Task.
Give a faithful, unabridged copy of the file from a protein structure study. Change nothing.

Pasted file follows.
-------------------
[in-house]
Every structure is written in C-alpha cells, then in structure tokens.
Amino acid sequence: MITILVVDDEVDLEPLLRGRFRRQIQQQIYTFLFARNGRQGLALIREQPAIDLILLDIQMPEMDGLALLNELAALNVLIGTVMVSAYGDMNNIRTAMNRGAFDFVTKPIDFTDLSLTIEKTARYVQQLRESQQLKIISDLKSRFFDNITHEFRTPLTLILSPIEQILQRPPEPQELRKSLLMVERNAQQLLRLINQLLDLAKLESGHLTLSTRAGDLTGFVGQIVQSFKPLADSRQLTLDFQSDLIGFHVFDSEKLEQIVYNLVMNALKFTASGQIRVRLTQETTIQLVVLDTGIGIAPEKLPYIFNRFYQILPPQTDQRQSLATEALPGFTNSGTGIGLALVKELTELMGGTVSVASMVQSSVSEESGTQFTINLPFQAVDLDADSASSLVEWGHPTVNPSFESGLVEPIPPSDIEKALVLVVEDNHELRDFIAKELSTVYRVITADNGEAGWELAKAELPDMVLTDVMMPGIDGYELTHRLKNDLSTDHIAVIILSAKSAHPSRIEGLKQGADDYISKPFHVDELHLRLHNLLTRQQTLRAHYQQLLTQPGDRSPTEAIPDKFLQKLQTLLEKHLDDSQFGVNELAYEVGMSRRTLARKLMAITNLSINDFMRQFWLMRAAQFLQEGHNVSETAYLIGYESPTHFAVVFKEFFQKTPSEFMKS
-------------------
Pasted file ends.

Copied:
[in-house]
Every structure is written in C-alpha cells, then in structure tokens.
Amino acid sequence: MITILVVDDEVDLEPLLRGRFRRQIQQQIYTFLFARNGRQGLALIREQPAIDLILLDIQMPEMDGLALLNELAALNVLIGTVMVSAYGDMNNIRTAMNRGAFDFVTKPIDFTDLSLTIEKTARYVQQLRESQQLKIISDLKSRFFDNITHEFRTPLTLILSPIEQILQRPPEPQELRKSLLMVERNAQQLLRLINQLLDLAKLESGHLTLSTRAGDLTGFVGQIVQSFKPLADSRQLTLDFQSDLIGFHVFDSEKLEQIVYNLVMNALKFTASGQIRVRLTQETTIQLVVLDTGIGIAPEKLPYIFNRFYQILPPQTDQRQSLATEALPGFTNSGTGIGLALVKELTELMGGTVSVASMVQSSVSEESGTQFTINLPFQAVDLDADSASSLVEWGHPTVNPSFESGLVEPIPPSDIEKALVLVVEDNHELRDFIAKELSTVYRVITADNGEAGWELAKAELPDMVLTDVMMPGIDGYELTHRLKNDLSTDHIAVIILSAKSAHPSRIEGLKQGADDYISKPFHVDELHLRLHNLLTRQQTLRAHYQQLLTQPGDRSPTEAIPDKFLQKLQTLLEKHLDDSQFGVNELAYEVGMSRRTLARKLMAITNLSINDFMRQFWLMRAAQFLQEGHNVSETAYLIGYESPTHFAVVFKEFFQKTPSEFMKS